“We feel stuck in a rut, unable to say ‘no’ to our parents, unable to put an end to their controlling behavior, unable to grab hold of our own lives, simply because we fear that we will hurt, insult, disrespect or disappoint our parents (entire families).”
― Lukasz Laniecki, You Have The Right Not To Make Your Parents Proud. A Book Of Quotes
It is a quite natural inclination on your part to seek approval, love, or validation from your parents, however, if they show traits as mentioned above, chances are that they will put themselves before you and focus on taking care of their own needs first. While there is a subtle fear that works within all of us – we most certainly don’t want to disappoint our parents and become the cause of their hurt, sadness, or despair in any manner whatsoever.
This way, we are doing more harm to ourselves than good and also giving our parents the impression that we are hungry for their approval for all actions and decisions of ours and that they can control our lives in all ways possible.
3. Don’t say certain things or take certain steps in a fit of rage:
Keep in mind, they are your parents after all. They are on your side, they are not your enemies. Don’t sour your relationship with them and break the bonding that you share by saying hurtful things in a rush of momentary anger. Have control over your emotions, learn to take control if you haven’t already. Choose your words, and take your decisions wisely.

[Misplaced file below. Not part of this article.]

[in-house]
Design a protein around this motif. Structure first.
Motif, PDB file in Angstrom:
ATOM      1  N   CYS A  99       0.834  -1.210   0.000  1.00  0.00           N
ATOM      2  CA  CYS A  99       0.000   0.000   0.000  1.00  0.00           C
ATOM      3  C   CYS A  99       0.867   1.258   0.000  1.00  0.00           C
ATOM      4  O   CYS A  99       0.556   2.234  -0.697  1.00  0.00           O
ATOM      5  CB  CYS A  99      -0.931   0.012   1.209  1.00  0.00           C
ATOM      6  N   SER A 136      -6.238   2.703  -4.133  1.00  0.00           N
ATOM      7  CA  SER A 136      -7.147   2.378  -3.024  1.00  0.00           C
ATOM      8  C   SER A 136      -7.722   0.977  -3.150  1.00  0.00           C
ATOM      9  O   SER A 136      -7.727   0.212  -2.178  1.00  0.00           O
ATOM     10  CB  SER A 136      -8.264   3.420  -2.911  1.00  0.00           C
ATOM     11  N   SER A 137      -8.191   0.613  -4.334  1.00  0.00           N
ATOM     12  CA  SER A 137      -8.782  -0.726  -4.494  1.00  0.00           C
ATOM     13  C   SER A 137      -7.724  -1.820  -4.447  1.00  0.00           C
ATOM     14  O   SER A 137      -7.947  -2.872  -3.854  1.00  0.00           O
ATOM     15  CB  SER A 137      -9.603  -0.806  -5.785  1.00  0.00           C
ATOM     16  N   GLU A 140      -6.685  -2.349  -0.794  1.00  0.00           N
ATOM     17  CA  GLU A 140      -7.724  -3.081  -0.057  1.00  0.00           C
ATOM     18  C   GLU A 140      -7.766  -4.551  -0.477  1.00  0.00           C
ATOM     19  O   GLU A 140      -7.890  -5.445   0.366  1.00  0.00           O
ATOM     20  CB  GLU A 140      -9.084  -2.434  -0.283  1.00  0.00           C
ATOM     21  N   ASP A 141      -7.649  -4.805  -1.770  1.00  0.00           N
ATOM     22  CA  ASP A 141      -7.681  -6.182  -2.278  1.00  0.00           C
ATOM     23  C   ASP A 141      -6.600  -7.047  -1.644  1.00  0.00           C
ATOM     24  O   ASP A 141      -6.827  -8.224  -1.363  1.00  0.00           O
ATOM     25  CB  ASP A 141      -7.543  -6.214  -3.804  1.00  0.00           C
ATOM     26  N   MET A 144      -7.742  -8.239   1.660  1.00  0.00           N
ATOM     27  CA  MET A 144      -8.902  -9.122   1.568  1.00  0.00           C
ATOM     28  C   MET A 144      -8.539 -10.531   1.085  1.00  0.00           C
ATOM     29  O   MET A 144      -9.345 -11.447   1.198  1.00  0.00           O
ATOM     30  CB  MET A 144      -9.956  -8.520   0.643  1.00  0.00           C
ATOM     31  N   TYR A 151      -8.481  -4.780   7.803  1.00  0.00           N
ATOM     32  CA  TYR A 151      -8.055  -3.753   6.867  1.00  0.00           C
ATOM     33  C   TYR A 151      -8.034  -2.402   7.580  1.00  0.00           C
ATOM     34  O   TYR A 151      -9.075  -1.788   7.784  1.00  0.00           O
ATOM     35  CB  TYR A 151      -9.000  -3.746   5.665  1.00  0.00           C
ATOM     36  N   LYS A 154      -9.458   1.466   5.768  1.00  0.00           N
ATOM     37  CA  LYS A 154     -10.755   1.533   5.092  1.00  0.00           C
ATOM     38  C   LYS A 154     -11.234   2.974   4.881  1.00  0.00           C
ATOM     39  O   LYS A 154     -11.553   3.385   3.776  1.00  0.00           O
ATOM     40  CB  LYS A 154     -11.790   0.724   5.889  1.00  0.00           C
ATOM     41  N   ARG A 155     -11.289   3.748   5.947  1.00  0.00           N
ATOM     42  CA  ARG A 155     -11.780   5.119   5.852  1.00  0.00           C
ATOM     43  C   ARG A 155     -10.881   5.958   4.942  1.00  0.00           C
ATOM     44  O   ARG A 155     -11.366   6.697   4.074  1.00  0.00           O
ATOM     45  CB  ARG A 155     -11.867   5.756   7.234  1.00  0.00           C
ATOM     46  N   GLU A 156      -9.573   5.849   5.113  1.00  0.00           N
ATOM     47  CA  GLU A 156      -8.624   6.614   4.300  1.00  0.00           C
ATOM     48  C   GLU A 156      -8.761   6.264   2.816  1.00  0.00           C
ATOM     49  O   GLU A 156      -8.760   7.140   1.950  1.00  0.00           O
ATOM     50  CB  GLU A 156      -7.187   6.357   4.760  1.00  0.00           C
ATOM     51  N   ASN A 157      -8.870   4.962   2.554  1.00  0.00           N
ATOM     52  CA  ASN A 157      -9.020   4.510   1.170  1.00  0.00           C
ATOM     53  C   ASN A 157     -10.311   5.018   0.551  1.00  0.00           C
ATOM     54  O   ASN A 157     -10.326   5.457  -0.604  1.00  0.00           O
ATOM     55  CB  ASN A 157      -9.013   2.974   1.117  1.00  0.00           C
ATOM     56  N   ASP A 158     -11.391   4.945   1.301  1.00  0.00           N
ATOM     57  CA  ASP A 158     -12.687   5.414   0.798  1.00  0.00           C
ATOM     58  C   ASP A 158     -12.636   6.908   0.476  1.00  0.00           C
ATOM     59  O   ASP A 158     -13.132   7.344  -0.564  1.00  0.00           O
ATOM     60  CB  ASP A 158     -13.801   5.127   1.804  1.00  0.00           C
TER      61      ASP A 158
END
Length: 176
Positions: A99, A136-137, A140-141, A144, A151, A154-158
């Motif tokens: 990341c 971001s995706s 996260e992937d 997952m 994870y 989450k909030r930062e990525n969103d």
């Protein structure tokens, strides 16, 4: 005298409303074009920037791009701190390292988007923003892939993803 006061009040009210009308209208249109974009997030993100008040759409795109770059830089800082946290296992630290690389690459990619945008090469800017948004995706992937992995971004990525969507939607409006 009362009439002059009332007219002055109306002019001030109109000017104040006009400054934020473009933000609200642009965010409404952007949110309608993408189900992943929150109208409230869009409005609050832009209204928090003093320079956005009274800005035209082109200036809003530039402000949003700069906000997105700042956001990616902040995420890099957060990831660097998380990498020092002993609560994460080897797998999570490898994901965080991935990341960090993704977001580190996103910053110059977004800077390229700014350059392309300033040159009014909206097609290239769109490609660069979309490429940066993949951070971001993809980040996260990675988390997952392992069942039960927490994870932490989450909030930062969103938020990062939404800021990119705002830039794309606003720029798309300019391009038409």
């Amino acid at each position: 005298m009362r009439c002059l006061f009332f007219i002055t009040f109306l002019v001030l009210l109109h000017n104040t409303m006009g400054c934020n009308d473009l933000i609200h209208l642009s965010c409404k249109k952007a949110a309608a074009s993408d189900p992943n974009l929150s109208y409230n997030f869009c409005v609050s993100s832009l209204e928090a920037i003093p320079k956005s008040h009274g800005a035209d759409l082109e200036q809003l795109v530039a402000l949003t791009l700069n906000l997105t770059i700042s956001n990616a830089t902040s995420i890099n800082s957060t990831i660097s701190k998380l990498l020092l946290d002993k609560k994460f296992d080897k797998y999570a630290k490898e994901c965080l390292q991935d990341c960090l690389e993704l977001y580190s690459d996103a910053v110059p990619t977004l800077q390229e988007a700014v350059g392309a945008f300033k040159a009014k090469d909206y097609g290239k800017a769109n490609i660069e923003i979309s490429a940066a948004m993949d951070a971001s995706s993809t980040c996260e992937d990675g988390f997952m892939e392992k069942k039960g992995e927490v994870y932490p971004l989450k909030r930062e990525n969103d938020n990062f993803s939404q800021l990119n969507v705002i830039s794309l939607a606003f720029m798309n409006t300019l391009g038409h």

4. Accept the way they are, and focus more on yourself:
Your parents are old enough, they are mature enough and it is quite unlikely that they will be able to change themselves, change their nature or how they behave with you. Bringing about a stark change in personality is literally impossible at such an age. What will save you here is focusing more on your own development, your own growth, and how you gradually make yourself come out of your parent’s shadows and build a strong personality for yourself.
5. Seek help from a professional:
Consult a family psychologist whose methodical approach might actually help in making things transparent between you and your parents. Seeking help from a medical professional will certainly bring about definitive positive changes in your lives, as well as the dynamic that you share.
Overall, a complete assessment of the relationship that you share with your parents and preparing for the conversation you want to have with them beforehand will help greatly in bringing about a change in the relationship. A positive development is expected out of the efforts that you put into situations like this.